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Conducting gender-based analysis of existing databases when self-reported gender data are unavailable: the GENDER Index in a working population

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Lacasse, Anaïs, Pagé, M. Gabrielle, Choinière, Manon, Dorais, Marc, Vissandjée, Bilkis, Nguefack, Hermine Lore Nguena, Katz, Joel, Samb, Oumar Mallé et Vanasse, Alain (2020). Conducting gender-based analysis of existing databases when self-reported gender data are unavailable: the GENDER Index in a working population. Canadian Journal of Public Health . doi:10.17269/s41997-019-00277-2 Repéré dans Depositum à https://depositum.uqat.ca/id/eprint/873

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Résumé

Objectives
Growing attention has been given to considering sex and gender in health research. However, this remains a challenge in the context of retrospective studies where self-reported gender measures are often unavailable. This study aimed to create and validate a composite gender index using data from the Canadian Community Health Survey (CCHS).

Methods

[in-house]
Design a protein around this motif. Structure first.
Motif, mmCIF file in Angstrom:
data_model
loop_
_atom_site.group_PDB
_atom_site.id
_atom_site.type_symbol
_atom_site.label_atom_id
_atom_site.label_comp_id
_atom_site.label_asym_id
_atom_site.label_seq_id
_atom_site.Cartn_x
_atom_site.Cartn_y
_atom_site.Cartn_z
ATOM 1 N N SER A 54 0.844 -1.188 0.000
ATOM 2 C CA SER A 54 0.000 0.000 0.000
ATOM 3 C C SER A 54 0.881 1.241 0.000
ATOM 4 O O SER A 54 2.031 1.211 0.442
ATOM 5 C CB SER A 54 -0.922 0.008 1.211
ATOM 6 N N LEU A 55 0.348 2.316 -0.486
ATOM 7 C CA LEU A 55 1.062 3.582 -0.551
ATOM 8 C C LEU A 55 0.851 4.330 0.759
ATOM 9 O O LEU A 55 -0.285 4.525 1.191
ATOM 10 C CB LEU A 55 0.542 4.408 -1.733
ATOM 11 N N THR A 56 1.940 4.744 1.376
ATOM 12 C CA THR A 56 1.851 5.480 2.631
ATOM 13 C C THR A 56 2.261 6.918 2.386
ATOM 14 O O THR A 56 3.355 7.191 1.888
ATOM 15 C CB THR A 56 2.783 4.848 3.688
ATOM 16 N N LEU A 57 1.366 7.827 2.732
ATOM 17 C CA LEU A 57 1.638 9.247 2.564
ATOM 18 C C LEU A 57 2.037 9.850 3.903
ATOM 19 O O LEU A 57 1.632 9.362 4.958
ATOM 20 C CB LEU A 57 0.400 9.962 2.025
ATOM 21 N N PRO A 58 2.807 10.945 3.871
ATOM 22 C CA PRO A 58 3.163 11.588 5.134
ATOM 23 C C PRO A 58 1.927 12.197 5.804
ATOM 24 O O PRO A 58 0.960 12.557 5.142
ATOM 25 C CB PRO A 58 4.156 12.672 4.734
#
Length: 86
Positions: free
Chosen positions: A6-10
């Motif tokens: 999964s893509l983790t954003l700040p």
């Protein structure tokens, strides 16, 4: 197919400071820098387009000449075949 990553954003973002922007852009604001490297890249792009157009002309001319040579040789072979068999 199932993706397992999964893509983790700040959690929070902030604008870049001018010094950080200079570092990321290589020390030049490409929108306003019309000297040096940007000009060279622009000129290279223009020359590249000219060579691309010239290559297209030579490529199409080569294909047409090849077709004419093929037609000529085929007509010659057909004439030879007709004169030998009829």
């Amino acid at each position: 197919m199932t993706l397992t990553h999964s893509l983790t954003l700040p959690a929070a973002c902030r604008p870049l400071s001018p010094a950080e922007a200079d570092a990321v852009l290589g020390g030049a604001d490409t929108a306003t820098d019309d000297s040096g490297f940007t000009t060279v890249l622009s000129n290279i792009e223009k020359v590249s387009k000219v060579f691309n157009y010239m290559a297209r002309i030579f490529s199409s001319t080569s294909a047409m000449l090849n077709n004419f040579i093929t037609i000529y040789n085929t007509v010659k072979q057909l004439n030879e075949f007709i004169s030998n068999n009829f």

According to scientific literature and expert opinion, the GENDER Index was built using several variables available in the CCHS and deemed to be gender-related (e.g., occupation, receiving child support, number of working hours). Among workers aged 18–50 years who had no missing data for our variables of interest (n = 29,470 participants), propensity scores were derived from a logistic regression model that included gender-related variables as covariates and where biological sex served as the dependent variable. Construct validity of propensity scores (GENDER Index scores) were then examined.

Results
When looking at the distribution of the GENDER Index scores in males and females, they appeared related but partly independent. Differences in the proportion of females appeared between groups categorized according to the GENDER Index scores tertiles (p < 0.0001). Construct validity was also examined through associations between the GENDER Index scores and gender-related variables identified a priori such as choosing/avoiding certain foods because of weight concerns (p < 0.0001), caring for children as the most important thing contributing to stress (p = 0.0309), and ability to handle unexpected/difficult problems (p = 0.0375).

Conclusion
The GENDER Index could be useful to enhance the capacity of researchers using CCHS data to conduct gender-based analysis among populations of workers.

Type de document: Article
Informations complémentaires: Licence d'utilisation : CC-BY 4.0
Mots-clés libres: Sex; Gender; Composite index; Measurement; Administrative databases; Existing data; Secondary analysis; Canadian CommunityHealth Survey; CCHS; Workers
Divisions: Santé
Date de dépôt: 27 févr. 2020 15:49
Dernière modification: 26 mars 2020 15:21
URI: https://depositum.uqat.ca/id/eprint/873

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